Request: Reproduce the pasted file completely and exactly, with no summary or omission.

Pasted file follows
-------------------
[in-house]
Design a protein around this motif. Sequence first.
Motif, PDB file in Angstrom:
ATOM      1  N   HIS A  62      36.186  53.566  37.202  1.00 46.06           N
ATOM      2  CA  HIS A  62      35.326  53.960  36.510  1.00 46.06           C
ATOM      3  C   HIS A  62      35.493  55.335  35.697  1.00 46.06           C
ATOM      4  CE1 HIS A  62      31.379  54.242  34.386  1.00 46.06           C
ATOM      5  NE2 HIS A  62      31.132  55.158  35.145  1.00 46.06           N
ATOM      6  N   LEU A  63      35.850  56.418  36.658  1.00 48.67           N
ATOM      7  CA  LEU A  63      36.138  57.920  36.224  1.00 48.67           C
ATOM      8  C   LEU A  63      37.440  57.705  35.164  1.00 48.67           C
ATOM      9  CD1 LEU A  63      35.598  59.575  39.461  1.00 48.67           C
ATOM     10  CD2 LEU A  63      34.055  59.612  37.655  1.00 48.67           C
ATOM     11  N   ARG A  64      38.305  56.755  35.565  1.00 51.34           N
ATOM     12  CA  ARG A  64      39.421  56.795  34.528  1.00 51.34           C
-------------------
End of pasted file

[in-house]
Design a protein around this motif. Sequence first.
Motif, PDB file in Angstrom:
ATOM      1  N   HIS A  62      36.186  53.566  37.202  1.00 46.06           N
ATOM      2  CA  HIS A  62      35.326  53.960  36.510  1.00 46.06           C
ATOM      3  C   HIS A  62      35.493  55.335  35.697  1.00 46.06           C
ATOM      4  CE1 HIS A  62      31.379  54.242  34.386  1.00 46.06           C
ATOM      5  NE2 HIS A  62      31.132  55.158  35.145  1.00 46.06           N
ATOM      6  N   LEU A  63      35.850  56.418  36.658  1.00 48.67           N
ATOM      7  CA  LEU A  63      36.138  57.920  36.224  1.00 48.67           C
ATOM      8  C   LEU A  63      37.440  57.705  35.164  1.00 48.67           C
ATOM      9  CD1 LEU A  63      35.598  59.575  39.461  1.00 48.67           C
ATOM     10  CD2 LEU A  63      34.055  59.612  37.655  1.00 48.67           C
ATOM     11  N   ARG A  64      38.305  56.755  35.565  1.00 51.34           N
ATOM     12  CA  ARG A  64      39.421  56.795  34.528  1.00 51.34           C